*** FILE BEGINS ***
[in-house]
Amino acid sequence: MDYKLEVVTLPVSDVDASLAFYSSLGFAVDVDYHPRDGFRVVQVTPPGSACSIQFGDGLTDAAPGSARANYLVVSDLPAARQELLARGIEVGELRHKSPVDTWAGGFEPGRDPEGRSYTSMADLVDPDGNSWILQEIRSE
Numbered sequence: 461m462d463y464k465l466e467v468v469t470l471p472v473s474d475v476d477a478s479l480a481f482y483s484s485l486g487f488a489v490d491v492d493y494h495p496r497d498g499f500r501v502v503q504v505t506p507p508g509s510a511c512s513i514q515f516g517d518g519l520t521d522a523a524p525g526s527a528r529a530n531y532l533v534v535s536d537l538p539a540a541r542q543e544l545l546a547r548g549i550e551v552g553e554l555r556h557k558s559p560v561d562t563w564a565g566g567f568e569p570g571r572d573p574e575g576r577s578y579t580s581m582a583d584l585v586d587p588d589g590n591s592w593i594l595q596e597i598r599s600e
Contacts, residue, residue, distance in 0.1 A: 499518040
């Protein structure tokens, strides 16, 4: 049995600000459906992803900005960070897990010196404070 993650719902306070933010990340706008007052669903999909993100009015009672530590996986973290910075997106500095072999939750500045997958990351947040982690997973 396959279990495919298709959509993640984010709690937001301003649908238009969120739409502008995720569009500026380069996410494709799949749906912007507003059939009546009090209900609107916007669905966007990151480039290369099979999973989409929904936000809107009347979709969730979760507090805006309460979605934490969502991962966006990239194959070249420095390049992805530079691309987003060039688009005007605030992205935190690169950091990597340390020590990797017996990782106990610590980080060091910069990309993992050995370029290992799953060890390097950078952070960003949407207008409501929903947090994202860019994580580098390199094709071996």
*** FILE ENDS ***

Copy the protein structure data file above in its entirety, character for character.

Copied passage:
[in-house]
Amino acid sequence: MDYKLEVVTLPVSDVDASLAFYSSLGFAVDVDYHPRDGFRVVQVTPPGSACSIQFGDGLTDAAPGSARANYLVVSDLPAARQELLARGIEVGELRHKSPVDTWAGGFEPGRDPEGRSYTSMADLVDPDGNSWILQEIRSE
Numbered sequence: 461m462d463y464k465l466e467v468v469t470l471p472v473s474d475v476d477a478s479l480a481f482y483s484s485l486g487f488a489v490d491v492d493y494h495p496r497d498g499f500r501v502v503q504v505t506p507p508g509s510a511c512s513i514q515f516g517d518g519l520t521d522a523a524p525g526s527a528r529a530n531y532l533v534v535s536d537l538p539a540a541r542q543e544l545l546a547r548g549i550e551v552g553e554l555r556h557k558s559p560v561d562t563w564a565g566g567f568e569p570g571r572d573p574e575g576r577s578y579t580s581m582a583d584l585v586d587p588d589g590n591s592w593i594l595q596e597i598r599s600e
Contacts, residue, residue, distance in 0.1 A: 499518040
């Protein structure tokens, strides 16, 4: 049995600000459906992803900005960070897990010196404070 993650719902306070933010990340706008007052669903999909993100009015009672530590996986973290910075997106500095072999939750500045997958990351947040982690997973 396959279990495919298709959509993640984010709690937001301003649908238009969120739409502008995720569009500026380069996410494709799949749906912007507003059939009546009090209900609107916007669905966007990151480039290369099979999973989409929904936000809107009347979709969730979760507090805006309460979605934490969502991962966006990239194959070249420095390049992805530079691309987003060039688009005007605030992205935190690169950091990597340390020590990797017996990782106990610590980080060091910069990309993992050995370029290992799953060890390097950078952070960003949407207008409501929903947090994202860019994580580098390199094709071996």